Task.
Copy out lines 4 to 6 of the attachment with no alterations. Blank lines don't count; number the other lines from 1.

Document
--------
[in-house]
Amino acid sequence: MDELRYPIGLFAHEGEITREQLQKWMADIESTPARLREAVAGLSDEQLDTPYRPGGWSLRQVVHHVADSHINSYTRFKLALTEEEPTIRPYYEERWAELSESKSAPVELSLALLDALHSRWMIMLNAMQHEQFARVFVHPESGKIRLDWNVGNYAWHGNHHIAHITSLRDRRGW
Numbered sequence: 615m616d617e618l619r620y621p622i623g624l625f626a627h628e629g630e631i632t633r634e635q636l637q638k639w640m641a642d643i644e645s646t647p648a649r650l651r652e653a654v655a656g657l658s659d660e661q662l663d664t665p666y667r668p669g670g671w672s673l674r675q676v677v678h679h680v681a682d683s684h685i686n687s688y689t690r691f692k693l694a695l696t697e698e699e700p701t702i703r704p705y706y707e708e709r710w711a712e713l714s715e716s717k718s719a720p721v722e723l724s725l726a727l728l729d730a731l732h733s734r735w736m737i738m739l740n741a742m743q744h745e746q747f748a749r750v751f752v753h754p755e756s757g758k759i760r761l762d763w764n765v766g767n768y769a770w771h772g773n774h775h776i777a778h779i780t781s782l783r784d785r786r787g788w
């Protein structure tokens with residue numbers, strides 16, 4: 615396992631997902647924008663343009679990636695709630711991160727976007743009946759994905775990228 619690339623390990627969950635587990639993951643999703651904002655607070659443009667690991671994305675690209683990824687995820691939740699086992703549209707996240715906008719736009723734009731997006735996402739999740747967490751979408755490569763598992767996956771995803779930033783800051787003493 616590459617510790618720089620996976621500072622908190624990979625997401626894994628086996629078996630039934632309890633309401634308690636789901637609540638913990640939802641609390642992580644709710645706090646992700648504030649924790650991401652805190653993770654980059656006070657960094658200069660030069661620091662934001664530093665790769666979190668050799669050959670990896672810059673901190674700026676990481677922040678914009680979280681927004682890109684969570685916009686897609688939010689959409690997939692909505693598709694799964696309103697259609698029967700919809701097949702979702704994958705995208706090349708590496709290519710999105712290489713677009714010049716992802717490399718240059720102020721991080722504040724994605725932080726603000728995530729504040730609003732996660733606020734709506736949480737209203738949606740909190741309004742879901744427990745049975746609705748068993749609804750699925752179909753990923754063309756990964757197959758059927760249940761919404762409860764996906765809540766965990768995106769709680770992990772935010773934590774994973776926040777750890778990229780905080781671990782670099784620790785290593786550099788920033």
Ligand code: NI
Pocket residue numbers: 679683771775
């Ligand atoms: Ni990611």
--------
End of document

């Protein structure tokens with residue numbers, strides 16, 4: 615396992631997902647924008663343009679990636695709630711991160727976007743009946759994905775990228 619690339623390990627969950635587990639993951643999703651904002655607070659443009667690991671994305675690209683990824687995820691939740699086992703549209707996240715906008719736009723734009731997006735996402739999740747967490751979408755490569763598992767996956771995803779930033783800051787003493 616590459617510790618720089620996976621500072622908190624990979625997401626894994628086996629078996630039934632309890633309401634308690636789901637609540638913990640939802641609390642992580644709710645706090646992700648504030649924790650991401652805190653993770654980059656006070657960094658200069660030069661620091662934001664530093665790769666979190668050799669050959670990896672810059673901190674700026676990481677922040678914009680979280681927004682890109684969570685916009686897609688939010689959409690997939692909505693598709694799964696309103697259609698029967700919809701097949702979702704994958705995208706090349708590496709290519710999105712290489713677009714010049716992802717490399718240059720102020721991080722504040724994605725932080726603000728995530729504040730609003732996660733606020734709506736949480737209203738949606740909190741309004742879901744427990745049975746609705748068993749609804750699925752179909753990923754063309756990964757197959758059927760249940761919404762409860764996906765809540766965990768995106769709680770992990772935010773934590774994973776926040777750890778990229780905080781671990782670099784620790785290593786550099788920033």
Ligand code: NI
Pocket residue numbers: 679683771775